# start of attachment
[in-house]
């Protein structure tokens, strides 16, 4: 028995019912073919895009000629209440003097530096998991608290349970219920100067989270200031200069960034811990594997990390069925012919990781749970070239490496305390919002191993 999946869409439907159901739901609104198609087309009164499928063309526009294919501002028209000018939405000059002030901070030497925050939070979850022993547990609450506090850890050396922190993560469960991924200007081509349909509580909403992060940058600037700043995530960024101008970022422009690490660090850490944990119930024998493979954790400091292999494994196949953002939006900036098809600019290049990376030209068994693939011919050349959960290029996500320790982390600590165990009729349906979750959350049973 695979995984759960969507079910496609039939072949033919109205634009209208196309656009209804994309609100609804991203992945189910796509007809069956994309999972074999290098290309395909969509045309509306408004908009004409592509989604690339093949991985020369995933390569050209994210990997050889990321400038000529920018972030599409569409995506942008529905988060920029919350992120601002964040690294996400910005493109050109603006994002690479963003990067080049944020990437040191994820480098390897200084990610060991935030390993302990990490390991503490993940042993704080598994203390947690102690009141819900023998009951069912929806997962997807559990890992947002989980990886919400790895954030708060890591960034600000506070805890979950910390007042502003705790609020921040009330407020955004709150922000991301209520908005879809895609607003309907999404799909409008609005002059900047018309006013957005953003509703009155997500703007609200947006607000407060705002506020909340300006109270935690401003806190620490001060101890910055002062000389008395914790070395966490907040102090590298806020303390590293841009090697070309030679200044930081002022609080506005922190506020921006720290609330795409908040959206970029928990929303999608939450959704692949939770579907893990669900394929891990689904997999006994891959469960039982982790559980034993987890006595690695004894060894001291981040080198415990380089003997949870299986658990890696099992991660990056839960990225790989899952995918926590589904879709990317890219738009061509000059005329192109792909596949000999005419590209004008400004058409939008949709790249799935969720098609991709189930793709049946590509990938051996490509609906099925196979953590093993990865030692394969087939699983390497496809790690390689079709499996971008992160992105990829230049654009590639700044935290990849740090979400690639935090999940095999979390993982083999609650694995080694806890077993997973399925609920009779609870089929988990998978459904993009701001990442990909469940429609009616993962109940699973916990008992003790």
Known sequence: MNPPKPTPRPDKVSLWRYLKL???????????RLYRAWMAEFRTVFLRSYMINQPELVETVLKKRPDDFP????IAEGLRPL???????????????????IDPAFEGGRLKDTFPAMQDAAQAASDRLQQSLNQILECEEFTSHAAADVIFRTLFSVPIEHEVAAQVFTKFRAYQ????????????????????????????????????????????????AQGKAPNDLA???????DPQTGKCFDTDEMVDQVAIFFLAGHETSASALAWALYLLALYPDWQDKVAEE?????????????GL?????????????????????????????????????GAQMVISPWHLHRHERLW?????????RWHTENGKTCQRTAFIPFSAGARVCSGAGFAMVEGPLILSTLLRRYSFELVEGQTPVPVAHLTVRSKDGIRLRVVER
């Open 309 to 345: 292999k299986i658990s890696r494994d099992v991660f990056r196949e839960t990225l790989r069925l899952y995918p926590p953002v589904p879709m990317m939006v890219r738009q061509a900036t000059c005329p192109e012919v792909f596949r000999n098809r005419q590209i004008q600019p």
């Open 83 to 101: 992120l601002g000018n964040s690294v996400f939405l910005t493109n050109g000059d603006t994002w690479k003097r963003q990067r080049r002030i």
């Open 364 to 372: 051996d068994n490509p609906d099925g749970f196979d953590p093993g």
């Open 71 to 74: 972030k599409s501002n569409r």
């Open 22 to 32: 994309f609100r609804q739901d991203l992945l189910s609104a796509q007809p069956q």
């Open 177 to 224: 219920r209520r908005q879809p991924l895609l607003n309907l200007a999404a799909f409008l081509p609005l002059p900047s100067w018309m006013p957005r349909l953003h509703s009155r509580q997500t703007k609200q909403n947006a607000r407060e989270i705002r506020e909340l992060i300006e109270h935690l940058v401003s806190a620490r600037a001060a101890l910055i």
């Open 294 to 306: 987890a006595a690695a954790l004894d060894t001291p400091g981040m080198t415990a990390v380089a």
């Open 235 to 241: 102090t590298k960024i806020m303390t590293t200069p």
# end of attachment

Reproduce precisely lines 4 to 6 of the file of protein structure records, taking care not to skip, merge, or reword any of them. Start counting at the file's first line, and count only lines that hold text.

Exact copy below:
């Open 309 to 345: 292999k299986i658990s890696r494994d099992v991660f990056r196949e839960t990225l790989r069925l899952y995918p926590p953002v589904p879709m990317m939006v890219r738009q061509a900036t000059c005329p192109e012919v792909f596949r000999n098809r005419q590209i004008q600019p």
């Open 83 to 101: 992120l601002g000018n964040s690294v996400f939405l910005t493109n050109g000059d603006t994002w690479k003097r963003q990067r080049r002030i």
């Open 364 to 372: 051996d068994n490509p609906d099925g749970f196979d953590p093993g």